The University of Liverpool SIAM-IMA Student Chapter, together with the Liverpool Centre for Mathematics in Healthcare and Liverpool Hope University, recently launched its annual conference series with the inaugural Liverpool Early Career Researchers Conference. The theme of this conference—which took place in early April—was data science, machine learning, and artificial intelligence. The meeting united distinguished researchers with both academic and industrial backgrounds from all aspects of these fields to discuss a plethora of topics. In addition to hosting invited speakers, we provided a platform for early-career researchers (Ph.D. students and postdocs) to present their research via parallel sessions and posters. There were 10 contributed talks, 10 posters, 12 plenary talks, an interactive session organised by the Royal Statistical Society, an unconference session during which attendees could dictate discussion, and a careers talk hosted by Erica Tyson and Richard Pinch at the Institute of Mathematics and its Applications (IMA).
Over 60 participants from a wide range of locations—including Glasgow, Swansea, Exeter, and India—attended the conference. Attendees hailed from a range of disciplines, such as mathematics, physics, engineering, finance, biostatistics, and the life sciences. Yet they were all connected by their interest in data science — specifically the development or application of new techniques. With the rise in computational power and available volume of data, researchers from all areas are becoming fascinated by existing data science techniques and the new avenues of research that these techniques can uncover. By bringing together early-career researchers from multiple fields, we hoped to encourage discussion of the different available techniques and demonstrate how collaboration can further the understanding and application of these methods.
Kurt Langfeld (University of Liverpool) opened the conference with a brilliant introduction to the future of mathematics in data science and computing. David Hughes (University of Liverpool) followed this presentation with a talk on the use of variational models for longitudinal data. Andy Jones (University of Liverpool) then spoke about the research he does within Liverpool’s Computational Biology Facility and opportunities for early-career researchers. Given the huge volumes of accessible data, how do we avoid misusing our power? Maria Ferrario (University of Lancaster) gave a captivating talk on “measuring” human values in software development. To close the first day, Sarah Nevitt, Laura Bonnett, and Maria Sudell (members of the Merseyside branch of the Royal Statistical Society) organised a great interactive session that allowed attendees to network while discussing interesting statistical problems.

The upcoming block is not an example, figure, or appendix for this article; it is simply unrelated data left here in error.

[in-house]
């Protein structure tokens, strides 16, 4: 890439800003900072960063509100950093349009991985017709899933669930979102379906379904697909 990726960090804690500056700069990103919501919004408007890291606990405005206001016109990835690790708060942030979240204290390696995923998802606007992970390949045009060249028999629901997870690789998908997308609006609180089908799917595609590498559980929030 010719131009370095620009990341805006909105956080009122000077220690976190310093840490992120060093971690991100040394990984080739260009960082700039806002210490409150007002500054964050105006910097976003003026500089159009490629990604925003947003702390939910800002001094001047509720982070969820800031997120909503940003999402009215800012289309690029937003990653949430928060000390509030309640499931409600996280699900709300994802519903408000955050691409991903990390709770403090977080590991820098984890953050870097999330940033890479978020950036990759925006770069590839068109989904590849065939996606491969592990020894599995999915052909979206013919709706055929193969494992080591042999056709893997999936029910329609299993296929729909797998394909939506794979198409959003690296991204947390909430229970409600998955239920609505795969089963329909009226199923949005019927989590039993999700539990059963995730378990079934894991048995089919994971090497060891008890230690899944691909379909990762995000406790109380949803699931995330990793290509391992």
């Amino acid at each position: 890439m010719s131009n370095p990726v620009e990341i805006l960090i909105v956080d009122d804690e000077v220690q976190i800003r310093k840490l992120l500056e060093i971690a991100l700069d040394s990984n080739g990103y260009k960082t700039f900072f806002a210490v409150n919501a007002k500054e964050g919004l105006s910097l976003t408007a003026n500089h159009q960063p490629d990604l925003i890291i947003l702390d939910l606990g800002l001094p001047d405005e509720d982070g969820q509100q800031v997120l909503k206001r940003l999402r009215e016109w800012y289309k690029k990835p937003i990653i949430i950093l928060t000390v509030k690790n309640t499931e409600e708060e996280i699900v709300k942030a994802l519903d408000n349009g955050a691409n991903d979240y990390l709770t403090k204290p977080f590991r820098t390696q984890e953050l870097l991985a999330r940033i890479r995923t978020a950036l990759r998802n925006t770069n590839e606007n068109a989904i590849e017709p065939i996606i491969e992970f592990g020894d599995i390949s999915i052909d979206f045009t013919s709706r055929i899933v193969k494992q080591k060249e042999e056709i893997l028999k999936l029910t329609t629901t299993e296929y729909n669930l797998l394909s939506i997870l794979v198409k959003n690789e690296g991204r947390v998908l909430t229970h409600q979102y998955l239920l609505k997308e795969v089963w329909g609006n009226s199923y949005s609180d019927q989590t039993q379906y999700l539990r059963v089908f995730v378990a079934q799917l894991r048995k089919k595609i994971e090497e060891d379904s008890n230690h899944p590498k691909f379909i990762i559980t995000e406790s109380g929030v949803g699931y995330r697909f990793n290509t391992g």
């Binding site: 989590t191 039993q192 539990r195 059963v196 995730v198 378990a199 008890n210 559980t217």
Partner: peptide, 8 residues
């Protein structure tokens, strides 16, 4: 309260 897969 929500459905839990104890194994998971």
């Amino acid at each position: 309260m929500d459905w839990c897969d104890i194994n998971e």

The second day featured six plenary talks from Simon Maskell (University of Liverpool), Ed Pyzer-Knapp (IBM Research), Xiaowei Huang (University of Liverpool), Lee Devlin (University of Liverpool), Mara Kozic (University of Liverpool), and Bart Willigers (AstraZeneca). We held an “unconference” session in the middle of the day to break up the talks. The unconference provided a platform for attendees to take control of the conversation by breaking off into smaller groups to discuss their common interests. This session was a great success and facilitated learning and interaction between highly varied researchers.
We also hosted a careers session with representatives from the IMA that offered important insight into the many potential career paths that proceed from the Ph.D./postdoctoral level. This was a relaxed session that allowed attendees to interact with both Tyson and Pinch of the IMA and ask pressing questions.
Later that evening, we organised a poster and wine session. This informal atmosphere provided a great platform for discussion of the high-quality posters on display by early-career researchers from all over the U.K. Latifah Abduh (Durham University) won the best poster prize for her research on “Face Liveness Detection in Videos,” which utilised machine learning techniques to protect facial recognition software from spoofing attacks. A thoroughly enjoyable conference dinner followed this session.